Oncology Practice Agrees to Pay $5.3 Million to Settle Copayment Waiver Case – A New York State hematology-oncology medical practice (the Practice), has agreed to pay $5.3 million to resolve allegations that, over an approximate five-year period, it provided kickbacks to patients in the form of waived copayments, and overbilled federal healthcare programs for certain evaluation and management (E&M) services. A former billing representative for the Practice filed the lawsuit in April 2014 in the Southern District of New York pursuant to the qui tam provisions of the False Claims Act, and both the United States and State of New York intervened simultaneously with settlement.
The Practice admitted to certain conduct in the Stipulation and Order of Dismissal (the “Stipulation”), including that it:
1. routinely waived Medicare beneficiaries’ copayments applicable to E&M codes 99211-99215 (which indicate various degrees of evaluation and management of established patients when making in-office visits for treatment), without an individualized determination of financial hardship or exhaustion of reasonable collection efforts;With respect to routinely waiving copayments, longstanding guidance from the HHS Office of Inspector General explains that providers may, in individualized circumstances, waive a patient’s copayment based on an individualized determination of financial hardship. Providers cannot, however, routinely apply the financial hardship exception, and, except in special cases, should make good faith efforts to collect deductibles and copayments. According to the United States’ Complaint-In-Intervention (the Federal Complaint), the Practice consistently waived copayments without receiving any supporting documentation or additional information from patients, including those who sought frequent medical services from the Practice, who had a high balance, whose insurance did not pay certain amounts or who expressed an inability to pay.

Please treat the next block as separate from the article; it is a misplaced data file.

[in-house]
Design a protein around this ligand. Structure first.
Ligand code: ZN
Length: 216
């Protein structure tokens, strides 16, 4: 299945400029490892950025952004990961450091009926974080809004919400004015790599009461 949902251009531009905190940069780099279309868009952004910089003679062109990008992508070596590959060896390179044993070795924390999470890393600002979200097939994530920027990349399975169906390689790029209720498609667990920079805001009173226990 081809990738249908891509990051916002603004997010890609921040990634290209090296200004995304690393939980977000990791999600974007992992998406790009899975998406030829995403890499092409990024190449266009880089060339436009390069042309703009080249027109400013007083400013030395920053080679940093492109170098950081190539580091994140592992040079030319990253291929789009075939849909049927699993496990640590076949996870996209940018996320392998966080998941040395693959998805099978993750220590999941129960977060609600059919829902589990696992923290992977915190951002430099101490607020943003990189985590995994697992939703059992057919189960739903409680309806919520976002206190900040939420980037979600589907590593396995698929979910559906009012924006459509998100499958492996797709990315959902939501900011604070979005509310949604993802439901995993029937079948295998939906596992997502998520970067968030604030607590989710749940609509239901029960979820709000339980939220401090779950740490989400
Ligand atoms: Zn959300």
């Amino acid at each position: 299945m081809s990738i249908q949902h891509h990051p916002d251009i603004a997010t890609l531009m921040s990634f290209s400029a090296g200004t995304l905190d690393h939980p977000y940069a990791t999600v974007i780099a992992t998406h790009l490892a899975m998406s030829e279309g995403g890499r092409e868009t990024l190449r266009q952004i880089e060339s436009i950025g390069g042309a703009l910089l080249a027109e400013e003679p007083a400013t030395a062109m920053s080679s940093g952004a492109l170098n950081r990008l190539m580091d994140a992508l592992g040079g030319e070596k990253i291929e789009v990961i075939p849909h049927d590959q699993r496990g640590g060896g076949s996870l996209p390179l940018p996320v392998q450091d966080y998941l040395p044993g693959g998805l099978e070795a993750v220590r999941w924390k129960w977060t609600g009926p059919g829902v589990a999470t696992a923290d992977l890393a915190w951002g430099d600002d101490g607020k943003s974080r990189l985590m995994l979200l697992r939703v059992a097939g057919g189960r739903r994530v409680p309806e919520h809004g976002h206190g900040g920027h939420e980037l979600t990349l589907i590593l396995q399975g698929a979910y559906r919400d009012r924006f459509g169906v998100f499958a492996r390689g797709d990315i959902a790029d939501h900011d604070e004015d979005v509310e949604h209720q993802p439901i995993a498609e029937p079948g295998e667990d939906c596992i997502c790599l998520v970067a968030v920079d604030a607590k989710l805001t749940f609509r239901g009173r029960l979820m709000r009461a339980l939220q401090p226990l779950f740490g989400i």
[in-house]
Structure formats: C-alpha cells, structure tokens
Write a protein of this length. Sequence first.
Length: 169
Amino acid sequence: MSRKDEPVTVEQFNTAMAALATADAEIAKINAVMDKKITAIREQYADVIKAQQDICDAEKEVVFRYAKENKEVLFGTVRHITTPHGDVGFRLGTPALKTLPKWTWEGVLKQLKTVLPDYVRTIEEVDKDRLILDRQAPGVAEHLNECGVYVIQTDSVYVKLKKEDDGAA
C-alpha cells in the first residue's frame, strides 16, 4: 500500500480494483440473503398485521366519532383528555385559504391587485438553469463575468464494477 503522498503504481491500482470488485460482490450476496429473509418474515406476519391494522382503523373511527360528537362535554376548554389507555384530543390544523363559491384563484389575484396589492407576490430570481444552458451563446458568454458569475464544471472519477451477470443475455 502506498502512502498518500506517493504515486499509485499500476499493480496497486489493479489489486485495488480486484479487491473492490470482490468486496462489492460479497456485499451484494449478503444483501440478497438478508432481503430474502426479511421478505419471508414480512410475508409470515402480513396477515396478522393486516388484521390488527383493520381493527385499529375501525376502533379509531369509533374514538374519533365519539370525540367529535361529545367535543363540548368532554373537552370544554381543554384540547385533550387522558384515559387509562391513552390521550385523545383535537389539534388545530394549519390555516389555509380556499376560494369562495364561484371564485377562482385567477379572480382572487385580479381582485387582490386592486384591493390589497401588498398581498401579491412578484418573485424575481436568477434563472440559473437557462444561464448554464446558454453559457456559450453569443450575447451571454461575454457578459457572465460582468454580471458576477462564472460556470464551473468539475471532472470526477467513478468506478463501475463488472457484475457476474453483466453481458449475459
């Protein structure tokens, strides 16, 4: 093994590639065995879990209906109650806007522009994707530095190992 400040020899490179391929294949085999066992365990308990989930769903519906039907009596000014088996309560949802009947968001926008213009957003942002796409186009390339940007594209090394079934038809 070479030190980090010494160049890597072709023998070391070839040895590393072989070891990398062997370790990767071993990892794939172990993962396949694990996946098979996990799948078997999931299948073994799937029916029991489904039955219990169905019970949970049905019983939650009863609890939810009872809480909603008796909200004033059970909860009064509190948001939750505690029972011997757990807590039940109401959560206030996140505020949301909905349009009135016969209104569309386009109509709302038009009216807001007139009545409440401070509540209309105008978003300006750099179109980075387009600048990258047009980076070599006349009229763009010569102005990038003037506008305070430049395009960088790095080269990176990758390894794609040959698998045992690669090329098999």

2. billed Medicare for amounts that included the amounts of the waived copayments, resulting in higher reimbursement from Medicare than the Practice was entitled;
3. overbilled Medicare and Medicaid by billing for E&M services (CPT codes 99211 or 99212) in addition to billing for routine procedures (e.g., chemotherapy, injections or venipuncture) on the same date, even though the Practice had not documented that it provided any significant, separately identifiable services; and
4. billed Medicare for E&M services (CPT codes 99211 and 99212) without documenting in the medical record that those services were medically necessary and/or actually performed.
With respect to E&M billing, as alleged in the Federal Complaint, the CPT codes relevant to certain treatments billed by the Practice, such as the administration of infusions, injections and chemotherapy, already include E&M code 99211, and, therefore, that code cannot be “unbundled” and billed separately. A higher complexity E&M code can be billed, but only if there is a significant and separately identifiable E&M service that is above and beyond the usual work for the procedure. According to the Federal Complaint, the Practice separately billed E&M codes 99211 or 99212 for patients who received minor or routine services administered by a nurse, such as B12 injections, blood withdrawals or chemotherapy, but who did not see a physician. Despite this, the Federal Complaint alleges that the Practice’s physicians would complete and sign progress notes certifying that they had participated in the evaluation and management of these patients for a specified amount of time.
The Practice will enter into a Corporate Integrity Agreement with the OIG in exchange for a release by the OIG from any administrative action seeking to exclude the Practice from federal healthcare programs.
For a copy of the Stipulation, please click here. For a copy of the Federal Complaint, please click here. For a copy of DOJ’s press release announcing the settlement, please click here.
Reporter, Kerrie S. Howze, Atlanta, +1 404 572 3594, firstname.lastname@example.org.
CMS Announces Progress in Shift Toward Alternative Payment Models – This week, CMS announced several important developments relating to provider participation in alternative payment models (APMs). On October 25, 2016, CMS released a fact sheet summarizing key developments relating to APMs and touting CMS’s progress to date. CMS also announced that it will re-open two APMs for Medicare providers in 2018, the Next Generation Accountable Care Organization (ACO) model and the Comprehensive Primary Care Plus model. Further, CMS announced that in 2017 the Oncology Care Model with two-sided risk will qualify as an Advanced APM model.
CMS’s fact sheet also emphasizes its progress toward the specific delivery system reform goals it announced in January 2015. One of those goals was to tie 30 percent of Medicare payments to APMs by the end of 2016. According to CMS, it met this goal at the beginning of 2016, eleven months earlier than targeted.